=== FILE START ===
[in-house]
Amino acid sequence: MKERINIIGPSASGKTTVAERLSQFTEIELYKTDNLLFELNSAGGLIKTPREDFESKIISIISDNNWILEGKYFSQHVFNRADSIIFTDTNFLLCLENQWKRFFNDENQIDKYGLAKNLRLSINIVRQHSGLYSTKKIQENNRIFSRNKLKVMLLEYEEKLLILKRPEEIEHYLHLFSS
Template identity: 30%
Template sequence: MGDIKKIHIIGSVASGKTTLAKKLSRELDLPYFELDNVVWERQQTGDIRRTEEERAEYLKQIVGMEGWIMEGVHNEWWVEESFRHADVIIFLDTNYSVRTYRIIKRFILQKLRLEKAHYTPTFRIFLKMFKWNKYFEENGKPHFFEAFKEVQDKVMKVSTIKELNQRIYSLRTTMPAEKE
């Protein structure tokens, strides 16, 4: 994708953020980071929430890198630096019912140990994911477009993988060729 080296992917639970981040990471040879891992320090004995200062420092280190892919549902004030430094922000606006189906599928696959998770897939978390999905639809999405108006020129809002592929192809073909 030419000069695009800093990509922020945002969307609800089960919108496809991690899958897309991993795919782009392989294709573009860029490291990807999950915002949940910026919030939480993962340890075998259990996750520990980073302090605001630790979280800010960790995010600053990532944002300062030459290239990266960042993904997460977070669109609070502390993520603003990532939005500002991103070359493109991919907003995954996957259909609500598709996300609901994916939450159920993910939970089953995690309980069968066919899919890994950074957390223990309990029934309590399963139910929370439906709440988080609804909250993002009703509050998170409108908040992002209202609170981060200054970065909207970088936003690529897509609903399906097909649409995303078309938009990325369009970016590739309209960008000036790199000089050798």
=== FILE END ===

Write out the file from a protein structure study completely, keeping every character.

[in-house]
Amino acid sequence: MKERINIIGPSASGKTTVAERLSQFTEIELYKTDNLLFELNSAGGLIKTPREDFESKIISIISDNNWILEGKYFSQHVFNRADSIIFTDTNFLLCLENQWKRFFNDENQIDKYGLAKNLRLSINIVRQHSGLYSTKKIQENNRIFSRNKLKVMLLEYEEKLLILKRPEEIEHYLHLFSS
Template identity: 30%
Template sequence: MGDIKKIHIIGSVASGKTTLAKKLSRELDLPYFELDNVVWERQQTGDIRRTEEERAEYLKQIVGMEGWIMEGVHNEWWVEESFRHADVIIFLDTNYSVRTYRIIKRFILQKLRLEKAHYTPTFRIFLKMFKWNKYFEENGKPHFFEAFKEVQDKVMKVSTIKELNQRIYSLRTTMPAEKE
């Protein structure tokens, strides 16, 4: 994708953020980071929430890198630096019912140990994911477009993988060729 080296992917639970981040990471040879891992320090004995200062420092280190892919549902004030430094922000606006189906599928696959998770897939978390999905639809999405108006020129809002592929192809073909 030419000069695009800093990509922020945002969307609800089960919108496809991690899958897309991993795919782009392989294709573009860029490291990807999950915002949940910026919030939480993962340890075998259990996750520990980073302090605001630790979280800010960790995010600053990532944002300062030459290239990266960042993904997460977070669109609070502390993520603003990532939005500002991103070359493109991919907003995954996957259909609500598709996300609901994916939450159920993910939970089953995690309980069968066919899919890994950074957390223990309990029934309590399963139910929370439906709440988080609804909250993002009703509050998170409108908040992002209202609170981060200054970065909207970088936003690529897509609903399906097909649409995303078309938009990325369009970016590739309209960008000036790199000089050798």